Dollar balloons, pound rebound stalls after Fed rate cut; euro chopped

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Dollar balloons, pound rebound stalls after Fed rate cut; euro chopped

On Wednesday, the 31st of July 2019, American dollar index (DXY) hit fresh a two-year-high, while euro tottered just a notch shy of 1 percent to $1.1074 and a rebound of British currency seemed to have stalled in the wake of bourgeoning surge of US dollar after Federal Reserve Chair Jerome Powell’s upbeat comments following a 25-basis point interest rate cut had started off a chop-chop for all of the six major currencies.

Aside from that, while being asked whether Wednesday’s (July 31st) rate-cut could mark the beginning of a lengthy policy easing cycle, stroking a much robust voice, Fed Chair Jerome Powell had been quoted saying to the reporters that US economy had become stronger than ever with a roughly 50-year-low unemployment figure, solid labor markets, bolstered consumer spending, while Fed would closely monitor economic data and act accordingly, which dampened outlook of global stocks further and exhaled a bullish bias for the American currency, Adding that two additional rate cuts could be a tough-ask following Wednesday’s Powell’s comment during a post-rate decision press conference, Chief investment officer at Hugh Johnson Advisors in Albany, Hugh Johnson said, “Two additional rate cuts are not written in stone by a long shot, and there’s been some talk about a pause.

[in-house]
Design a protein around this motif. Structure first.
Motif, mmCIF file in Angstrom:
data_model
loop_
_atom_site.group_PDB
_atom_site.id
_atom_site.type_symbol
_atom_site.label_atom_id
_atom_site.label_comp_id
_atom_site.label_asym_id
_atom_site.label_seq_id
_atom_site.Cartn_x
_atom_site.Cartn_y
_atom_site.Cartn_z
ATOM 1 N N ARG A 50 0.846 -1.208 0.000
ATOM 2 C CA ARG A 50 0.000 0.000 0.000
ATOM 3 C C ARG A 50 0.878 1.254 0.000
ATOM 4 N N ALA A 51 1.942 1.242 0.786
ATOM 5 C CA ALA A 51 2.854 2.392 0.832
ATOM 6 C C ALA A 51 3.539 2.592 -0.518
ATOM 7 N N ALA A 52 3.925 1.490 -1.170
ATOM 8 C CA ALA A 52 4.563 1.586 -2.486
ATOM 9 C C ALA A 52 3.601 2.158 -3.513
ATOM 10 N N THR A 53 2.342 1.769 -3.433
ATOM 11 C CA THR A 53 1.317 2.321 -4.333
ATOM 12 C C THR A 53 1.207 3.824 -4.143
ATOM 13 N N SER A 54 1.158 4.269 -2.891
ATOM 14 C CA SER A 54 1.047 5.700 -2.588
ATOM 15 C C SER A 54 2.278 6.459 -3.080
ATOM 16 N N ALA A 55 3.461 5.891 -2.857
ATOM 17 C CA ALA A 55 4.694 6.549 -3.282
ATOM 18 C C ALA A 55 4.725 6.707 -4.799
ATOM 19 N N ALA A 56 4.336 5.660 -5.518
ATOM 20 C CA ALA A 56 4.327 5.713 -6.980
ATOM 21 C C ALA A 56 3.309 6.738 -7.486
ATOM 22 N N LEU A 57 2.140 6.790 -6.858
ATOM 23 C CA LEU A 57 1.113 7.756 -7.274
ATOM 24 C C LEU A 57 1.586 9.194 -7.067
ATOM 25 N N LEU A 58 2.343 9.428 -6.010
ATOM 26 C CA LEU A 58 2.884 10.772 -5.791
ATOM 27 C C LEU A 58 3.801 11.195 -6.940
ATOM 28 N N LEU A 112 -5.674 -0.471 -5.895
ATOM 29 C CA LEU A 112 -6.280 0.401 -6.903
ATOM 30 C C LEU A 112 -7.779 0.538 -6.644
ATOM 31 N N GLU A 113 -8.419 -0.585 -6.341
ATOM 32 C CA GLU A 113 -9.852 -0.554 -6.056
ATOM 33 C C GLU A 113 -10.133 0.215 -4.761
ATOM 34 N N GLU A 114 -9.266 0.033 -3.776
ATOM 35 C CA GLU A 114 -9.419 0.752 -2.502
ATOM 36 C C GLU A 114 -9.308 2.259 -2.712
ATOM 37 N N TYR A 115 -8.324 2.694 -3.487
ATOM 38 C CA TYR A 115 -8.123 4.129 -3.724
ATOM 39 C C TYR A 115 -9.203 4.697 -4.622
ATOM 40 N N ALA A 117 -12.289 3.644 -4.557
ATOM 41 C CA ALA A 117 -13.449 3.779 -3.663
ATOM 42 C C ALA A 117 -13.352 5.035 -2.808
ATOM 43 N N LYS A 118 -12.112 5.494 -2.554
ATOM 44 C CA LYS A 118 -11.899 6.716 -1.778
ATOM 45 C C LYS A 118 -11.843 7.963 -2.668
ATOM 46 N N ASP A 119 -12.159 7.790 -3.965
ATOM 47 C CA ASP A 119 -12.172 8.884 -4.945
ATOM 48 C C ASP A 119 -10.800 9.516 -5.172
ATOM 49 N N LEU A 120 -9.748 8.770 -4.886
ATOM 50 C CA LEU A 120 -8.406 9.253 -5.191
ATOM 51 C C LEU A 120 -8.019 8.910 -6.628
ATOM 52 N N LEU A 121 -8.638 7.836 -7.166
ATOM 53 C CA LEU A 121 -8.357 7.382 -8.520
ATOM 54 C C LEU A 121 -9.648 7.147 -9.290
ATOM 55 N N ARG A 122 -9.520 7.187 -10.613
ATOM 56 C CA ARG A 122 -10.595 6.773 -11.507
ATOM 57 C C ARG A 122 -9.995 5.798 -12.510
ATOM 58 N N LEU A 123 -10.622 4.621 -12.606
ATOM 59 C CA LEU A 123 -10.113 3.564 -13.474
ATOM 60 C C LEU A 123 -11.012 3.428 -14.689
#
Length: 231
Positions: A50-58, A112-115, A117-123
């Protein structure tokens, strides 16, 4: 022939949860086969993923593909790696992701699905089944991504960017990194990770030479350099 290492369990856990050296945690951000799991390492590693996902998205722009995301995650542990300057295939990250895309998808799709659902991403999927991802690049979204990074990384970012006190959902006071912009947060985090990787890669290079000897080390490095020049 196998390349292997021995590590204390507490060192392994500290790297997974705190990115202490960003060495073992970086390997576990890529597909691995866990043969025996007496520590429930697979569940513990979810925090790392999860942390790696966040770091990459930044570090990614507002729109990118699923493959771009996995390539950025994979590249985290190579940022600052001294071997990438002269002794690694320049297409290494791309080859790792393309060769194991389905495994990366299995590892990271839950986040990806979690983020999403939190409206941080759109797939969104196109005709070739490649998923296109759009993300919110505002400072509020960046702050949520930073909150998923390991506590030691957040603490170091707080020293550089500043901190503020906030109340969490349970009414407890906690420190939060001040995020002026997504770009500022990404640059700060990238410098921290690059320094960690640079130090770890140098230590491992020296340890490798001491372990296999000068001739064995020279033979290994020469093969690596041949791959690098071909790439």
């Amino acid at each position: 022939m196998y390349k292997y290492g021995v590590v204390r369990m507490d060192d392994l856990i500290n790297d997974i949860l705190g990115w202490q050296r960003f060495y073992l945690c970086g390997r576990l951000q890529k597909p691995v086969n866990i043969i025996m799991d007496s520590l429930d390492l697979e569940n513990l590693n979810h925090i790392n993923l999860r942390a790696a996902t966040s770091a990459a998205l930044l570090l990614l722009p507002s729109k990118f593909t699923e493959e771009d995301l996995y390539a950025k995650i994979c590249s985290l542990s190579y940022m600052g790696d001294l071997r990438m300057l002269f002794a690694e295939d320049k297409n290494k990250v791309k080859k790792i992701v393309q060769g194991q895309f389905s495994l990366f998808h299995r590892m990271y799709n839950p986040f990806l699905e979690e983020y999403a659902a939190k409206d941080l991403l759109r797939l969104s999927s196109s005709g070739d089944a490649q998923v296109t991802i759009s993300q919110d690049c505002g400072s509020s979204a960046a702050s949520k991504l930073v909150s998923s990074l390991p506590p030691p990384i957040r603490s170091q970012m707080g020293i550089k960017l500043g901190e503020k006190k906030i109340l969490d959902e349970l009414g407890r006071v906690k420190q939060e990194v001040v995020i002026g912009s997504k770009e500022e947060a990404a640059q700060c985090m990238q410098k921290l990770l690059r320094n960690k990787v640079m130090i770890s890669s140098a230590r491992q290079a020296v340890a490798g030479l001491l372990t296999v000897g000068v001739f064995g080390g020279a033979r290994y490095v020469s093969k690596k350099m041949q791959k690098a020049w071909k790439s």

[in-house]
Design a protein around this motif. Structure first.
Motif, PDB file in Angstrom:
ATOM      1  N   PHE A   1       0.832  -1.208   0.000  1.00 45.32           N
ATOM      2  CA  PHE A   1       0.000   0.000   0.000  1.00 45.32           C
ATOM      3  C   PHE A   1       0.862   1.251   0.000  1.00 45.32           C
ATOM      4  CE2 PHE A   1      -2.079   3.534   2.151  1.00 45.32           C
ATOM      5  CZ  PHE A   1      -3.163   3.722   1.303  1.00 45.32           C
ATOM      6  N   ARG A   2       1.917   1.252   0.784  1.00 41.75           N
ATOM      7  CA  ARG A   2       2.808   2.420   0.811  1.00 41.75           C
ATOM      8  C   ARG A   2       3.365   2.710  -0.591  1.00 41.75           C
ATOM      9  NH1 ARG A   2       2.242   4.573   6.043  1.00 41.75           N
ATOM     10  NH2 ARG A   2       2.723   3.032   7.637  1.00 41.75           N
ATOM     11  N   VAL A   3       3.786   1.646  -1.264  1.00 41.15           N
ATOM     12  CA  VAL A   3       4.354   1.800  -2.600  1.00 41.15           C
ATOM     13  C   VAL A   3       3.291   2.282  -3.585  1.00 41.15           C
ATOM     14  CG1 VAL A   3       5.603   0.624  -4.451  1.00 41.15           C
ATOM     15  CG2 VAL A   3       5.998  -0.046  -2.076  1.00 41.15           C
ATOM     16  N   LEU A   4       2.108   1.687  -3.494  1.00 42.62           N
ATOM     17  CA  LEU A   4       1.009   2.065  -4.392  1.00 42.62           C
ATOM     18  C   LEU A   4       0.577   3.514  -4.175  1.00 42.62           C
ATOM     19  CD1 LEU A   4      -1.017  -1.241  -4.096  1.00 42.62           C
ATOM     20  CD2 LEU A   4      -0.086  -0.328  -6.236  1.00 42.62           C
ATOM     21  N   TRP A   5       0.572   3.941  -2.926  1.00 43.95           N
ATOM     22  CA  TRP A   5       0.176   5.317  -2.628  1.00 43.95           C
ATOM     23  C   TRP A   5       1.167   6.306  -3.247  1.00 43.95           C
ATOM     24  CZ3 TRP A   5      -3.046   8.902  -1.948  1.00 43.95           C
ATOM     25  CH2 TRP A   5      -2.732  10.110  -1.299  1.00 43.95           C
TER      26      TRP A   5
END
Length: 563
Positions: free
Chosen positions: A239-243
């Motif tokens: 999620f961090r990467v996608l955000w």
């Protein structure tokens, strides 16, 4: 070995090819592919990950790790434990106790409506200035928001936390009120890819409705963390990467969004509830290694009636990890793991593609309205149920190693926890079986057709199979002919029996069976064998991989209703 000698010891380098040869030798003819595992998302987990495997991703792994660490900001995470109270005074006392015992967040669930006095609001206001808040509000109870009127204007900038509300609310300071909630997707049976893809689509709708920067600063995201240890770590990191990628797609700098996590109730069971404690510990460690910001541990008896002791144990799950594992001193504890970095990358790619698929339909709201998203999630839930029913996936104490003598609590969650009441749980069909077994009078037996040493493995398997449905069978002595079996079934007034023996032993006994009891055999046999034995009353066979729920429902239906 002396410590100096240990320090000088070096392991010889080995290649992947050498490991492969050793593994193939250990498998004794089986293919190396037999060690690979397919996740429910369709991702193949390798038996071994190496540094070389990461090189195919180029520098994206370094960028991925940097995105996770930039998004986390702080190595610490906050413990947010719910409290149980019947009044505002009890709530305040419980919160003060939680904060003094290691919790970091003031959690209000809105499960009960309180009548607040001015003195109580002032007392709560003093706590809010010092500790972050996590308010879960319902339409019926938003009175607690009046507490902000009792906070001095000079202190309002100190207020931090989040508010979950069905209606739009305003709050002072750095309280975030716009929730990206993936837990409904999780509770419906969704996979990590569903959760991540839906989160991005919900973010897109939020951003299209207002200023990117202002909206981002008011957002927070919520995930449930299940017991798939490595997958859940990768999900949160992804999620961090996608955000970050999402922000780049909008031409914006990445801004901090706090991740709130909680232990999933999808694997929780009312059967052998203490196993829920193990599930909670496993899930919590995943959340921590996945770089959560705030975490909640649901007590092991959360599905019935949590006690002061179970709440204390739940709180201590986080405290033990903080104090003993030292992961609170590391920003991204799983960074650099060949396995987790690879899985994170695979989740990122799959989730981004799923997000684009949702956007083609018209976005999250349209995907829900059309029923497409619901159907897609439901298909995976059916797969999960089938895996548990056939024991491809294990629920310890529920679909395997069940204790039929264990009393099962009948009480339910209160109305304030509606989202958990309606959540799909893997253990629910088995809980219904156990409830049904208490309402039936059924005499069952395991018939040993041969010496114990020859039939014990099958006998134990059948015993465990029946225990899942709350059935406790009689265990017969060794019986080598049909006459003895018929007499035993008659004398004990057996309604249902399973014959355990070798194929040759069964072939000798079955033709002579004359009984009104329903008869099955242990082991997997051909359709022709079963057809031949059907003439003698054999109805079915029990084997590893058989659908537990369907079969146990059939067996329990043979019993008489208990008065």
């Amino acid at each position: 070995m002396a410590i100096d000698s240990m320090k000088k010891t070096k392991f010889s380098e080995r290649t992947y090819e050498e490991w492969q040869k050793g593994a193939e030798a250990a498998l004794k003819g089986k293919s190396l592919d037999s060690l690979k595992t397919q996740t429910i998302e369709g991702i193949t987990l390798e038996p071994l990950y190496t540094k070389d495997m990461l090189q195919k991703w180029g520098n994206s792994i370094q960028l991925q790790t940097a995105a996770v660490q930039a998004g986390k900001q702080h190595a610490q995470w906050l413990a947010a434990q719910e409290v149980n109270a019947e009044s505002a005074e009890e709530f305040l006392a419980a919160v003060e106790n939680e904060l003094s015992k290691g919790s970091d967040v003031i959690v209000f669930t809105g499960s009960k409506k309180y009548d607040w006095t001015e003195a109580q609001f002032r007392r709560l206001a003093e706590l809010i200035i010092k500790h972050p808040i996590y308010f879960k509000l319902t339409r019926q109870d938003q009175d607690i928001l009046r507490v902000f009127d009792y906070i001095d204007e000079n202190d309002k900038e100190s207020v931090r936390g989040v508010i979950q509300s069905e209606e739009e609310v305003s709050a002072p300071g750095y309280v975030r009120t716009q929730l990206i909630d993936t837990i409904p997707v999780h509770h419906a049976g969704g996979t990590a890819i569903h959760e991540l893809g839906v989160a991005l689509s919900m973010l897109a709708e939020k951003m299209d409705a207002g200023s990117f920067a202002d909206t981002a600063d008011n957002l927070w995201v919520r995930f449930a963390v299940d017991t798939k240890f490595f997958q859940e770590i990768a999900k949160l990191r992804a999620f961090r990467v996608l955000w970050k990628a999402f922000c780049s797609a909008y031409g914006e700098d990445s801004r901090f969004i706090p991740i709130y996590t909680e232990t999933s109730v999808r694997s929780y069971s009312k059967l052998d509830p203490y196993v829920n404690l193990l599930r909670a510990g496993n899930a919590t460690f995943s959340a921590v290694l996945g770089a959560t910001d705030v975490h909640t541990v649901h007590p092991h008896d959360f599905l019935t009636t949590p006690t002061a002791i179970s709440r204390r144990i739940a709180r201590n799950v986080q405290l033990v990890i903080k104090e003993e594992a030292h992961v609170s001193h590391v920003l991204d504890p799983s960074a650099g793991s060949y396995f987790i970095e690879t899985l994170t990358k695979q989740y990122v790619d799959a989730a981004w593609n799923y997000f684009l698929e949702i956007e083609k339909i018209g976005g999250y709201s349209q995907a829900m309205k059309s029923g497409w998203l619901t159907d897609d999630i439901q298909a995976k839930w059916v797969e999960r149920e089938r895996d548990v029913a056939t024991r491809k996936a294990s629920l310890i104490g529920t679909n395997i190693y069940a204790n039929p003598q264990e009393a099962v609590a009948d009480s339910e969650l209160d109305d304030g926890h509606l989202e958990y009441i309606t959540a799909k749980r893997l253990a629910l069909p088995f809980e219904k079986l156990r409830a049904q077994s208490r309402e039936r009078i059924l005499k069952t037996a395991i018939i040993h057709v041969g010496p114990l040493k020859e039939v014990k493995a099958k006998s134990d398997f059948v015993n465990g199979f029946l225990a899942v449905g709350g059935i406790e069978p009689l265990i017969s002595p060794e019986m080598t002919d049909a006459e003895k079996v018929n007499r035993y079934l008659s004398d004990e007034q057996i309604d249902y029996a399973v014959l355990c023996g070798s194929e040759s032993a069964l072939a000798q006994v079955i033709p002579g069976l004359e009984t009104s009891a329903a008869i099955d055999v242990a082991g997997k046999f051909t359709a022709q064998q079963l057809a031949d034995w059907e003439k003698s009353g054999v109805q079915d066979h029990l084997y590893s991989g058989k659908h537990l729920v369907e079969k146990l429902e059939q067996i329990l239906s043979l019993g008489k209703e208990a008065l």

Now you start to raise doubts about (the additional) cuts, then that’s not good news for the stock market”. Nonetheless, following Wednesday’s (July 31st) Fed rate decision that botched to meet investors’ expectations by a wider margin, MSCI’s gauge of global stock across that world that keeps track of stock exchanges of 49 countries was plummeted 0.70 percent, meanwhile emerging market stocks shed 0.59 percent and MSCI’s broadest index of Asia-Pacific shares outside Japan tottered 0.69 percent.

In the currency market, Dollar index added 0.52 percent to wrap up the day at 98.03, while Euro dropped just a notch shy of 1 percent to $1.1075 against its American counterpart. Concomitantly, Japanese Yen dropped 0.15 percent to 108.79 Yen per dollar at Wednesday’s (July 31st) market round off, while the safe-haven precious metal, sport gold lost more than 1.3 percent to wrap up the day at 14078.30 an ounce.